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No. Not Everyone Will Like You, But Does It Really Even Matter?

“To the degree we are willing to be ourselves is the degree to which we can honestly feel loved. The risk is always rejection.” Donald Miller

I hate being rejected…HATE. No one should admit that publicly, especially on a blog that discusses healing, faith, and hope. It sounds so weak, doesn’t it? Yet, here I am, admitting that I am incredibly insecure in the face of rejection.

Oddly enough, I spent much of the last decade wanting to be an actor…Yeah, that doesn’t involve much rejection…I’m such a contradiction.

Beth and I love the show “The Office”. If you’ve seen it, then you know about the constant conflict between Jim and Dwight. If you don’t watch it, feel free to skip to the next paragraph. Quite possibly the best altercation between Jim and Dwight happens when Jim throws a snowball in Dwight’s face, inciting an all out war that results in Jim being absolutely destroyed by Dwight in the company parking lot. Every time I see them having conflict, I think, “Why can’t they just get along?” Then I consider how boring the show would be…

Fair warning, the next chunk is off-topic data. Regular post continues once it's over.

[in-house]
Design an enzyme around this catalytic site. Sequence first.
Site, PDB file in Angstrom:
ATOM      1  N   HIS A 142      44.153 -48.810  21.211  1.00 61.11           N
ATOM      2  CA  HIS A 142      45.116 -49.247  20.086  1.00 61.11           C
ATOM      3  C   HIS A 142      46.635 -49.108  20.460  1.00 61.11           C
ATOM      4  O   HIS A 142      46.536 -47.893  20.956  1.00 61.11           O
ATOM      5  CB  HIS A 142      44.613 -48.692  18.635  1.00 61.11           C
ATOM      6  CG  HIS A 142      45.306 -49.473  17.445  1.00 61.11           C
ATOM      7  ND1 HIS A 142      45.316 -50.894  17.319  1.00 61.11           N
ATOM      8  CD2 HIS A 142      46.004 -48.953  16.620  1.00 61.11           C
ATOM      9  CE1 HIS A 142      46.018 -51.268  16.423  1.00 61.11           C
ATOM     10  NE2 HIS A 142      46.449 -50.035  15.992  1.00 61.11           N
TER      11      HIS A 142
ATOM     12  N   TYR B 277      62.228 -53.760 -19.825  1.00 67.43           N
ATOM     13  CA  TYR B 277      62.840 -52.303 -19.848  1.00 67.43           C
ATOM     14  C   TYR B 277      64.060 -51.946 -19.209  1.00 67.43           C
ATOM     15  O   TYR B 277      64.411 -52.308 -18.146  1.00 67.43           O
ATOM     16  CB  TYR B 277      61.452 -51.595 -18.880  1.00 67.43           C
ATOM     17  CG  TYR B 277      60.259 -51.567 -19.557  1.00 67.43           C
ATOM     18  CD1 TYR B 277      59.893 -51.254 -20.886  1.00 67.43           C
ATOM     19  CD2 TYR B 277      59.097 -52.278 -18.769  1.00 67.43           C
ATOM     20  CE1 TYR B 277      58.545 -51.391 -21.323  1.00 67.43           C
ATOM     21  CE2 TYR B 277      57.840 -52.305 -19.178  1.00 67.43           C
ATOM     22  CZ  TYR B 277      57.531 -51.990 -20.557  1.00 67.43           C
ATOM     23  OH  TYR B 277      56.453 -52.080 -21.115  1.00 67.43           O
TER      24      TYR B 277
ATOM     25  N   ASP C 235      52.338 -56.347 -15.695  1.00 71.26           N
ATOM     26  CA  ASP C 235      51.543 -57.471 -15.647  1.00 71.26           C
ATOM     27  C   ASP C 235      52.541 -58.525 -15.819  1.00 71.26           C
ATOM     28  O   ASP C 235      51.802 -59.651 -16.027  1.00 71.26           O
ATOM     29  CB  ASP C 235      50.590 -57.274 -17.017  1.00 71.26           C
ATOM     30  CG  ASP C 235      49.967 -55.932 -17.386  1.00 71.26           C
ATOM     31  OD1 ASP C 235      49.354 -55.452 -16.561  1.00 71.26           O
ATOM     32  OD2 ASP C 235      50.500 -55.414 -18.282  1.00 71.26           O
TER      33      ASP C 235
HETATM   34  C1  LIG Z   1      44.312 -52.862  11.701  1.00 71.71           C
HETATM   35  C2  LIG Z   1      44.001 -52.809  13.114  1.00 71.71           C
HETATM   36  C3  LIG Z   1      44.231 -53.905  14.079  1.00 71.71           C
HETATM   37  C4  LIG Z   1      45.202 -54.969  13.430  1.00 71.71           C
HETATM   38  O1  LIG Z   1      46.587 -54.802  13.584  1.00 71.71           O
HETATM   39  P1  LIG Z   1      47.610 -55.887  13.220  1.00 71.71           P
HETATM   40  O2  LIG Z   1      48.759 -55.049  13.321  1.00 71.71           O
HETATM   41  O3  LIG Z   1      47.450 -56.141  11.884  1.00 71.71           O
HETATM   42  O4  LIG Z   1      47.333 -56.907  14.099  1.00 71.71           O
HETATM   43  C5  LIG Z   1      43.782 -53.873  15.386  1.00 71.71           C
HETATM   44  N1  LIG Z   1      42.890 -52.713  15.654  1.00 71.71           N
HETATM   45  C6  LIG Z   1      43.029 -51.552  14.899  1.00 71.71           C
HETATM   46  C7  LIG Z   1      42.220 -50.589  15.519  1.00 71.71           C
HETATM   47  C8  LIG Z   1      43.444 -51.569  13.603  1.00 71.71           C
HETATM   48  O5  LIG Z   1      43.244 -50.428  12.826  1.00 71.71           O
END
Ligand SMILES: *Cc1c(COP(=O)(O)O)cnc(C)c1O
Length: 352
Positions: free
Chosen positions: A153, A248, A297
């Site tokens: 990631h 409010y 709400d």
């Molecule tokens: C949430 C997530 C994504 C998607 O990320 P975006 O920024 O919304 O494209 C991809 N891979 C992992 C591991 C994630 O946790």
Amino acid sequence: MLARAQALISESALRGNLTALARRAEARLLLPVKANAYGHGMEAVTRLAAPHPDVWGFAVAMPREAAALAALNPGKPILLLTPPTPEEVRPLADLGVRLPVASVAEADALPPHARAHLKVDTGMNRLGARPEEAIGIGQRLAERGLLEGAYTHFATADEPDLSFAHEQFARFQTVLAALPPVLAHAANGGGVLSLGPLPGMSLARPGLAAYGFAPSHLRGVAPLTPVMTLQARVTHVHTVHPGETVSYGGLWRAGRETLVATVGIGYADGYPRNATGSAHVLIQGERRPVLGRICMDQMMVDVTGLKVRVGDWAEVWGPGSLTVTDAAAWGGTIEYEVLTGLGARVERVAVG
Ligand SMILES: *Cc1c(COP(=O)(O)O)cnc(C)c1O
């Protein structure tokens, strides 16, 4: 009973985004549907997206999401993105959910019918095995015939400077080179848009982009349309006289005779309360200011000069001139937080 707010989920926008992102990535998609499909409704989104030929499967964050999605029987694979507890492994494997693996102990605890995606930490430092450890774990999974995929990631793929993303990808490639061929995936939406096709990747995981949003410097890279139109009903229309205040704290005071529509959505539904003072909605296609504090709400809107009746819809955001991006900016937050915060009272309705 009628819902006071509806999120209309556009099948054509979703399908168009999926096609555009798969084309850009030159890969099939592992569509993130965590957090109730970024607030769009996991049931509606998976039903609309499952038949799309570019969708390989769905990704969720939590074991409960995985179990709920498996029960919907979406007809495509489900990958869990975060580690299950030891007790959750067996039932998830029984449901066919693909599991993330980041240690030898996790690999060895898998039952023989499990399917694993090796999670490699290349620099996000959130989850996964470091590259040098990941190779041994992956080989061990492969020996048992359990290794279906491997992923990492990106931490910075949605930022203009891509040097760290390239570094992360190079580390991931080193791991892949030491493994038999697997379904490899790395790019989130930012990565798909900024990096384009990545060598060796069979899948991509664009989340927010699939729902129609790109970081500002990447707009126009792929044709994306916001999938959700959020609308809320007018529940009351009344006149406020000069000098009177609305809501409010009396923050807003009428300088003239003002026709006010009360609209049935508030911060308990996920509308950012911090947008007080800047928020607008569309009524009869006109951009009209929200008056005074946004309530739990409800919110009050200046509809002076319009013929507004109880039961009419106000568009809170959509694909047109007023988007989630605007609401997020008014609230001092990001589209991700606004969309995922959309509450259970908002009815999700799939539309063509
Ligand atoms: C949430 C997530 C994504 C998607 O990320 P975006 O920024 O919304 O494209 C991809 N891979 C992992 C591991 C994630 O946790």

In real life, it’s not as much fun as watching comedians pretend to hate each other. In real life, it’s easy to forget that our worth isn’t dependent upon another person’s opinions. In real life, rejection hurts like a dagger sticking into our souls. In real life, rejection is like someone saying, “You don’t matter to me.”

I’m almost 33 and I’m still learning a difficult lesson:

Not everyone will like me, no matter how hard I try to win their approval. And ya know, that’s alright. I’m still worth so much to God and there are still people in this world who want to be in my life.

Maybe this war with rejection is just a personal struggle; maybe you don’t understand what I’m talking about. However, if you can relate, are you willing to embrace the fact that not everyone will like you? Are you willing to accept that some people will see the worst in you, not the best?

It’s time I accepted this and became stronger in the identity I have as God’s son, not as some reject in the eyes of other fallen human beings.

What about you? Are you willing to embrace the reality that not everyone will like you? Are you willing to rest in the fact that you are worthy, regardless of the opinions of others?


  1. Tammy Tammy

    Realizing someone didn’t like me, or something I said or did, used to send me into emotional upheaval. Until a friend/mentor pointed out that this sort of behavior is actually self-centered–me, making everything about me. That helped A LOT.

    • Not everyone needs to like you for you to be confident in who God created you to be. It’s hard to embrace, but it’s healthy.

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